Homework 4

Homework 4 is due on Thursday, July 1st.

0. Read Chapter 9. Indicating in at most three sentences one or more of the following: the passage in the reading— including its page number—you:

  • Found most difficult
  • Found most surprising
  • Would like to have discussed in the next lecture

1. Show that Dijkstra’s algorithm may not work if edges can have negative weights

2. Show that for any undirected graph with |V|  >= 2 nodes there exist two vertices with the same degree.

3. Let G be a graph and v a vertex in G with degree  at most half the average degree of the Graph. Show that deleting the vertex v (and all incident edges) does not decrease the average degree of the Graph.

4. Let G = (V;E) be a graph that has at least 5 vertices. The complement of G is a graph \bar{G} = (V, \bar{E})  on the same vertices such that two vertices of \bar{G}  are adjacent if and only if they are not adjacent in G . Show that G or \bar{G} contains a cycle

Midterm 1 Practice

1. Show that
(a) x^2 + 1000x = O( x^3 )
(b) x^2 + 1000x = \Omega(x)

2. Describe an algorithm which computes x^{96} using at most seven multiplications.

3. A group of 10 students are queuing to enter a cinema. How many ways to form the queue knowing that there is a couple who want to stand near together?

4. Prove or disprove: f (cn) = \theta(f (n))

5. Let GCD be the algorithm to compute the greatest common divisors of two numbers. Describe a recursive algorithm to find greatest common divisors of n positive integers using GCD.

6. Let f and g be functions from real numbers to real numbers.

f(x) = 2x

g(x) = x + 2

Is the composition of f and g invertible? If it is invertible, find the inverse function.

7. What is the solution of the recurrence relation :

a_n = 3a_{n-1} - 2a_{n-2}

with a_1 = 4, a_2 = 6.
8. Marry invites m girls and n boys to her party. She wants them to play a game that requires them to sit in a row. In addition, she tries to arrange such that there is at least one boy between any two girls. How many arrangements satisfy her expectation for:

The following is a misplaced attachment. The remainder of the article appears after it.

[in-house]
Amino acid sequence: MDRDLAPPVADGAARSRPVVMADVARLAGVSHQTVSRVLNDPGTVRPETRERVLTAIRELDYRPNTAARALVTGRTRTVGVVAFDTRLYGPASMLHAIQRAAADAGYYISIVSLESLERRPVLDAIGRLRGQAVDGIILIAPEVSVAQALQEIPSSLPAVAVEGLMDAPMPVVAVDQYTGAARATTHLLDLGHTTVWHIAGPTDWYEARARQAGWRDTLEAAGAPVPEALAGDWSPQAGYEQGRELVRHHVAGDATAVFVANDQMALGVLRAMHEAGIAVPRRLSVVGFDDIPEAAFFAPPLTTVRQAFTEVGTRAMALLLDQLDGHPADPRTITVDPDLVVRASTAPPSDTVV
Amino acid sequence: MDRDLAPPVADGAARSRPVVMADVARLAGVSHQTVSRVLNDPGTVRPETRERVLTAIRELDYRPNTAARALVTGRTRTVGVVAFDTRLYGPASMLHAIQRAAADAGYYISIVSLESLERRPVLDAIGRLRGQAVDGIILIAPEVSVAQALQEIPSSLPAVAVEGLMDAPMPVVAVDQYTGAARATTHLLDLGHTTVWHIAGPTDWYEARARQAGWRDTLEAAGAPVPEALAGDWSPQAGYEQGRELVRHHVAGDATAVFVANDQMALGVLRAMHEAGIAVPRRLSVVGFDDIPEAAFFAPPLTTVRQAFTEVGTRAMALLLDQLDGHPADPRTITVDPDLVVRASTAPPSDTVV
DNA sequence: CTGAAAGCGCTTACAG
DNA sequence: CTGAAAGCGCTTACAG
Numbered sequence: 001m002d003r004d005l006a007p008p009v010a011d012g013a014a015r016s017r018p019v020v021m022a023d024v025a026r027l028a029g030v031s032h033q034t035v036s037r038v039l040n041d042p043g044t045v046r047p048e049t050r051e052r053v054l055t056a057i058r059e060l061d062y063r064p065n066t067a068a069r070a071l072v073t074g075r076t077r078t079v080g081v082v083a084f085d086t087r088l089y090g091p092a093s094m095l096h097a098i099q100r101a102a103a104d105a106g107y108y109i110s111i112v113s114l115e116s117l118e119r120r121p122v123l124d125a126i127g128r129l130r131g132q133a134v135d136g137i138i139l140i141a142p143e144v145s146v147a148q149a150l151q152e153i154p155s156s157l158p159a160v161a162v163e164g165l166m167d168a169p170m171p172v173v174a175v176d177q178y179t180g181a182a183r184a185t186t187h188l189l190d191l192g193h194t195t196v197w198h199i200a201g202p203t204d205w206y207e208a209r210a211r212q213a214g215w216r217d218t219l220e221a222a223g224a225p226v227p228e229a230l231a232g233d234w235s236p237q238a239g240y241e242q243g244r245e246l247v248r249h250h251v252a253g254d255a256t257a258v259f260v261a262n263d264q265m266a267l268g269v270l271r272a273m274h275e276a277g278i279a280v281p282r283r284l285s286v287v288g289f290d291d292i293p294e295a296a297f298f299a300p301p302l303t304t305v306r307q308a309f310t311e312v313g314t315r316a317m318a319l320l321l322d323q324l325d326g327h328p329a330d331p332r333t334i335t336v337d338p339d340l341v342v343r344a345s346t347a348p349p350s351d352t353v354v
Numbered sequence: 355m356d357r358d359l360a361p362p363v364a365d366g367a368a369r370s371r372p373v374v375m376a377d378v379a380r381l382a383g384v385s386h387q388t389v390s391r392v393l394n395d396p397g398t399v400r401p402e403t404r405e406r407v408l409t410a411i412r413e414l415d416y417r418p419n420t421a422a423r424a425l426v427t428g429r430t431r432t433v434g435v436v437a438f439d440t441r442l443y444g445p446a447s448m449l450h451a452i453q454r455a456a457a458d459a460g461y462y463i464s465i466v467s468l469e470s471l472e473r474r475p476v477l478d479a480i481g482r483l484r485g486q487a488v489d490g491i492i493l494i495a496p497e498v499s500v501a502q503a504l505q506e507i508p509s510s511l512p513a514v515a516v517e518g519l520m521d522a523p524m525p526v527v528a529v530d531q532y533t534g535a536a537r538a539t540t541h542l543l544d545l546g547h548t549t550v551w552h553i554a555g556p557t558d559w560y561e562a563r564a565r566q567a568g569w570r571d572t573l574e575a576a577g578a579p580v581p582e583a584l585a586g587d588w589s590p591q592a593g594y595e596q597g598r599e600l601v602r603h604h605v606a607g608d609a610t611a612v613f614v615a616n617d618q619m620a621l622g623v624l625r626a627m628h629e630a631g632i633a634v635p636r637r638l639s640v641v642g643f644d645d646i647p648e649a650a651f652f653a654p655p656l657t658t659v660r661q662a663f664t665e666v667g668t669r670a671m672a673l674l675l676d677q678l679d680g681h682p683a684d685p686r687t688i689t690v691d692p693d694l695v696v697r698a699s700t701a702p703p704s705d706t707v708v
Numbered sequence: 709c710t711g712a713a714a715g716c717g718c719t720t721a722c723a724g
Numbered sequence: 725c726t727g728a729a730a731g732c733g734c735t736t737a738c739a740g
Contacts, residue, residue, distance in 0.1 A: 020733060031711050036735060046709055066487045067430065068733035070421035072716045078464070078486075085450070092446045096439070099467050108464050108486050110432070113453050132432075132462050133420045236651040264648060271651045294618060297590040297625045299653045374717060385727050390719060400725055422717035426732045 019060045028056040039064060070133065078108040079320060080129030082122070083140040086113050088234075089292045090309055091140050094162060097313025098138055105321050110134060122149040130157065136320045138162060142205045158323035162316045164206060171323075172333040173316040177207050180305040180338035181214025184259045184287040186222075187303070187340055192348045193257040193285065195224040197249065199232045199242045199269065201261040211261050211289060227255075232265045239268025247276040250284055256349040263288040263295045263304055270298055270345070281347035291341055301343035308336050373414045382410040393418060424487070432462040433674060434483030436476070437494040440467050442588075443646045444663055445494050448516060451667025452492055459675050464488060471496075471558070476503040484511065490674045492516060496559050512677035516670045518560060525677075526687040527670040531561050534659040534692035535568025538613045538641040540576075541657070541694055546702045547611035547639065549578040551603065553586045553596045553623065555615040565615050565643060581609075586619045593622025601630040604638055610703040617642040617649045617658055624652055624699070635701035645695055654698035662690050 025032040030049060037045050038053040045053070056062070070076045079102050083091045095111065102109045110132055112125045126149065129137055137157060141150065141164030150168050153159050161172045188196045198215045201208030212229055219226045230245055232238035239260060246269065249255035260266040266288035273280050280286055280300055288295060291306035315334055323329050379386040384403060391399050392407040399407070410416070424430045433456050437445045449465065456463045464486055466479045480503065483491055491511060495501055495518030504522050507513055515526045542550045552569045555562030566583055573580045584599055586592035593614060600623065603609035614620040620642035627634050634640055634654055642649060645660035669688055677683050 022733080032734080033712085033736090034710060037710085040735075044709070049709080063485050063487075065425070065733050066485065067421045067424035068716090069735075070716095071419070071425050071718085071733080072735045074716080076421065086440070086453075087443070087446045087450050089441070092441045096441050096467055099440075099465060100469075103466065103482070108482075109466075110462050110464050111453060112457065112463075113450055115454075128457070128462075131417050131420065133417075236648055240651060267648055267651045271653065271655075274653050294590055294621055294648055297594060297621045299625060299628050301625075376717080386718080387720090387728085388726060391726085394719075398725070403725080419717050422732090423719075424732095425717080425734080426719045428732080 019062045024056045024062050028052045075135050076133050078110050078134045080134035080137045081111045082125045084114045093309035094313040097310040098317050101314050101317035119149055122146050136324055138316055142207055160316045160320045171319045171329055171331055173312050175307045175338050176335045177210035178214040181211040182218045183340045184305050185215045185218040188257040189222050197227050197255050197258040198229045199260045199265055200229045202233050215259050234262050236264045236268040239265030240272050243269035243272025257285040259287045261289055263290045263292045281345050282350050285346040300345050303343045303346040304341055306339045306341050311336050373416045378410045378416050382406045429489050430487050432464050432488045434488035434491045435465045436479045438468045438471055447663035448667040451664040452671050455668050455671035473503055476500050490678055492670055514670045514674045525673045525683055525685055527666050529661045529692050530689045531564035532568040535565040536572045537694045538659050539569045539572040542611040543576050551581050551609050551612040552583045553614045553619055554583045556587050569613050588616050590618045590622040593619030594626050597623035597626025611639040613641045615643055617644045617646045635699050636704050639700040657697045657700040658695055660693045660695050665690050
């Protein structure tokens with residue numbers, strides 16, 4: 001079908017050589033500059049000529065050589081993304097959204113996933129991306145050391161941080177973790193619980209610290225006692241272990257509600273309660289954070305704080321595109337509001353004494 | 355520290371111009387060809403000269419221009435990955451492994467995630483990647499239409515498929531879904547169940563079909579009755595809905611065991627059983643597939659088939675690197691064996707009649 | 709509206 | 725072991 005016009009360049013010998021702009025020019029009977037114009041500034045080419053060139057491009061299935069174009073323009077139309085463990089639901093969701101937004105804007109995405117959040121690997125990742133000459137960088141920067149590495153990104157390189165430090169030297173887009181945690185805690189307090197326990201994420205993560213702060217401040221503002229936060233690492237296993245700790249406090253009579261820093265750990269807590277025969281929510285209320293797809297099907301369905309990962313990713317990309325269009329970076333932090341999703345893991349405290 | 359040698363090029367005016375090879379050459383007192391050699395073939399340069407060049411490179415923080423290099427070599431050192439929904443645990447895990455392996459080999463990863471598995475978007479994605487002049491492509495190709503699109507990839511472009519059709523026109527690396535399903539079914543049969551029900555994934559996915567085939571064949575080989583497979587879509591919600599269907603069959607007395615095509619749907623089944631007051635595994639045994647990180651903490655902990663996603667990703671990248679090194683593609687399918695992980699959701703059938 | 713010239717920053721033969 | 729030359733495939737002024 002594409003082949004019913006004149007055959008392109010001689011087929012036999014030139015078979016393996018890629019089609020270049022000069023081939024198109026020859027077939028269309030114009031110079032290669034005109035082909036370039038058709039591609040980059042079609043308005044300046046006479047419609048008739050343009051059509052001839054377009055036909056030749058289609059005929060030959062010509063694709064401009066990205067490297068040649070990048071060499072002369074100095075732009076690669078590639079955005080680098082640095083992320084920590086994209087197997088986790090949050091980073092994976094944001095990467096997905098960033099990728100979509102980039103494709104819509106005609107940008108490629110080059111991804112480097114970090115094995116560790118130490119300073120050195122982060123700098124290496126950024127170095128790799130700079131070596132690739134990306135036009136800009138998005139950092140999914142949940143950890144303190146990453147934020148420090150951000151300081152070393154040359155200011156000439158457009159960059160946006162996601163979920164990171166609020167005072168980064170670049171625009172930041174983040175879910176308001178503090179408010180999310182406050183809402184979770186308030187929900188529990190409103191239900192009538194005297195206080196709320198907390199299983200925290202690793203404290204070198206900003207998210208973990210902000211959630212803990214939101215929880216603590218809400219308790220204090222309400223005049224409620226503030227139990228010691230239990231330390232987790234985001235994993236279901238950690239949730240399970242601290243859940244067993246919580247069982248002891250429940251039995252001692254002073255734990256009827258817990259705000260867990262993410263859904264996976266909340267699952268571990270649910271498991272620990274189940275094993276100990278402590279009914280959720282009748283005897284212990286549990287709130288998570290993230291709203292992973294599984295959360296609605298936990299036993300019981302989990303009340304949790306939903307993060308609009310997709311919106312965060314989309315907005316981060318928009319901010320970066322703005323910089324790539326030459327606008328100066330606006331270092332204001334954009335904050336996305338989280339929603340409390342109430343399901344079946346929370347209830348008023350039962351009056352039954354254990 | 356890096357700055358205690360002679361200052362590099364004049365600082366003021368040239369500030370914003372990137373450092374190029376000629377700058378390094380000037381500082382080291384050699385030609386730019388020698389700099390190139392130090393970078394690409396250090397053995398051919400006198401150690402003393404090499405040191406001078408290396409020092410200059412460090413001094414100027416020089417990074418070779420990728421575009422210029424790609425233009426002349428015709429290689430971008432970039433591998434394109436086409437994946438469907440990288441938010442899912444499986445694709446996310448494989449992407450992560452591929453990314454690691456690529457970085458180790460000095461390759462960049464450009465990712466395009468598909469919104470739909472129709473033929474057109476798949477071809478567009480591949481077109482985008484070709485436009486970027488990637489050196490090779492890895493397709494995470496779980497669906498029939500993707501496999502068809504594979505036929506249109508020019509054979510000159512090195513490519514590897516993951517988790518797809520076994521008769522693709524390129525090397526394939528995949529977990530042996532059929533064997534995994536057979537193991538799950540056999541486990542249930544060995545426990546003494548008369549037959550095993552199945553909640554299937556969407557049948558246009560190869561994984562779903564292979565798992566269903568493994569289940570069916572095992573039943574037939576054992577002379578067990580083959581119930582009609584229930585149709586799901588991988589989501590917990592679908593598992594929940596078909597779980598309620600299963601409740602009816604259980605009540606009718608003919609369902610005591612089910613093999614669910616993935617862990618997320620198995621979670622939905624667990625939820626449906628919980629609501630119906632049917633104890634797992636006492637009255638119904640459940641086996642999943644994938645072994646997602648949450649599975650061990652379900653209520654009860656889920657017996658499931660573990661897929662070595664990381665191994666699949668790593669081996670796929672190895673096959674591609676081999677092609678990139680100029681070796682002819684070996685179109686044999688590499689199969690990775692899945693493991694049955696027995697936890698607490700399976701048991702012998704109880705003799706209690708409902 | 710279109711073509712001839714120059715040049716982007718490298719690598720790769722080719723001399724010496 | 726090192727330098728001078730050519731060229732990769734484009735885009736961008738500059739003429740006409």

(a) m < n.
(b) m = n. Furthermore, if she expects them to sit interleave, how many arrangement are there?
9. In the expansion of (x + 1/x )^n , where (n > 2)? What are the coefficients of the terms 1/x , 1/x^2.Explain.
10. Using sterling’s formula, give an approximation for O\left ( \binom{n}{n/2} \right ).
11. (a) Prove that any boolean function can be converted to a DNF (ORs of ANDs of the input variables or their negation). for example: f = A AND (B OR ~C) = (A AND B) OR (A AND ~C).
(b) Prove that any boolean function can be converted to a CNF (ANDs of ORs of the input variables or their negation).
12. Prove power set of N is uncountable.
13.
(a) Prove that the lower bound on the time complexity for searching a sorted list of real integers is O(log n).
(c) Describe an algorithm for searching in an n by n matrix with each row and each column sorted from left to right and up to down in increasing order. What is the running time of your algorithm?
14. What is the highest power of a prime p that divides n! ?
15.
(a) Prove by induction that you need to evaluate (n+1) points to determine polynomial of order n.
(b) If the coefficients of f(x) are restricted to be positive integers, then prove that you can determine f(x) by evaluating only two points. (hint: first point is f(1))
16. What is the number of different ways a convex polygon can be cut into triangles?

Homework 3

Homework 3 is due on Wednesday, June 9th.

0. Read Chapter 2, 3. Indicating in at most three sentences one or more of the following: the passage in the reading— including its page number—you:

  • Found most difficult
  • Found most surprising
  • Would like to have discussed in the next lecture

1. Let f and g be the injective functions from the set of real numbers to the set of real numbers. Prove or disprove the composition of f and g is also a injective functions?

2. Prove that if A is subset of B, then the super set of A is subset of the super set of B.

3. Is there an integer k such that: n^2 + \log n\sum_{i=1}^{i=n}i = \theta(n^k)

4. Compare \theta(n!) and \theta \left ( n^{n/2} \binom{n}{n/2}\right )

5. Rewrite the proof (given in pages 176-177 of the book) showing that the Halting Problem is unsolvable using the diagonalization proof of card(\mathbb{N}) \neq card (\mathbb{R}) that we discussed in class.

6. Briefly sketch and give complexity bounds for at least 5 different sorting algorithms you find online.

7. Follow exercise 5.17 to proof Fermant’s little theorem.

8. Project idea: cryptography (start by reading 240-244).